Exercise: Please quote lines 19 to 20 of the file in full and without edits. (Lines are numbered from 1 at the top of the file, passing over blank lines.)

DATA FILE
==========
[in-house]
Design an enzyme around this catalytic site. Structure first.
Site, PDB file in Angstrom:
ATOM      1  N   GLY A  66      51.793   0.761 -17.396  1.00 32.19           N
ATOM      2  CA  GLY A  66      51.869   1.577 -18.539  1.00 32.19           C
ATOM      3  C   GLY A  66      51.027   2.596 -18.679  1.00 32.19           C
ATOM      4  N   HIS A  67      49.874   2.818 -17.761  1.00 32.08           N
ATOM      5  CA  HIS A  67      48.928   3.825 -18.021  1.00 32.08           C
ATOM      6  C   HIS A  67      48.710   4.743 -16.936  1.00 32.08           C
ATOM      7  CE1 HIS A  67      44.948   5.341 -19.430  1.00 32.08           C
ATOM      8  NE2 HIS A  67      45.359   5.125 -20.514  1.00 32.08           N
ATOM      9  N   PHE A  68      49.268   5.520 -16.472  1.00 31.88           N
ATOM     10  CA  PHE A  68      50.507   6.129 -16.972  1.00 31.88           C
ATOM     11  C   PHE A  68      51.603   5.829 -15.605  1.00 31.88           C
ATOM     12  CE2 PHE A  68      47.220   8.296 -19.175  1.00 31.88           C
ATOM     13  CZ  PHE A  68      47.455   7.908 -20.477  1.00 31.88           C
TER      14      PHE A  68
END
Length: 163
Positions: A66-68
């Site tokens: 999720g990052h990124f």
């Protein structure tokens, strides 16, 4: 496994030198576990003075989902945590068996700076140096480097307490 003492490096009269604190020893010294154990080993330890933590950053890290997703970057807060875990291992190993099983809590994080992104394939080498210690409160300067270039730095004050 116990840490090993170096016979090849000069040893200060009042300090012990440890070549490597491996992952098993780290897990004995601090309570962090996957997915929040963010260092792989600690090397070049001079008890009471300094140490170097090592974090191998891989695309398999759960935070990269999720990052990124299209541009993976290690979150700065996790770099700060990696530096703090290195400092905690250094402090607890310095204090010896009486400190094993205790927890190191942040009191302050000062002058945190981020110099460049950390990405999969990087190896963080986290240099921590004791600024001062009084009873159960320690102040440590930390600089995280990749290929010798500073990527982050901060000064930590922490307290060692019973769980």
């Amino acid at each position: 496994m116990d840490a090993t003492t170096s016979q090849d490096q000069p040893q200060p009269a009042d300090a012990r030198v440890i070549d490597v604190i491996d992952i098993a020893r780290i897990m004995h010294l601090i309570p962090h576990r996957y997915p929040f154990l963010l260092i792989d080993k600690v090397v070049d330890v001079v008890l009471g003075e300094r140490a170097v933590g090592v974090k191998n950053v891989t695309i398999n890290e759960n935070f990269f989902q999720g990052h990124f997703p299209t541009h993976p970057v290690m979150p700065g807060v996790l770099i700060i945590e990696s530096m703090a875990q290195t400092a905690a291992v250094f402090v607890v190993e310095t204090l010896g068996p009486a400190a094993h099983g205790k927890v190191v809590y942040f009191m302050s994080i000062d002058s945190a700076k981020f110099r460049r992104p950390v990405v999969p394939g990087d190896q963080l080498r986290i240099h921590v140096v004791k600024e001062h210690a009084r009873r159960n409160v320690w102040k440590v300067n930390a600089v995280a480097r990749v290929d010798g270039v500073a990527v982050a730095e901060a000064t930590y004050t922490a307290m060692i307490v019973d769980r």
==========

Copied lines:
Length: 163
Positions: A66-68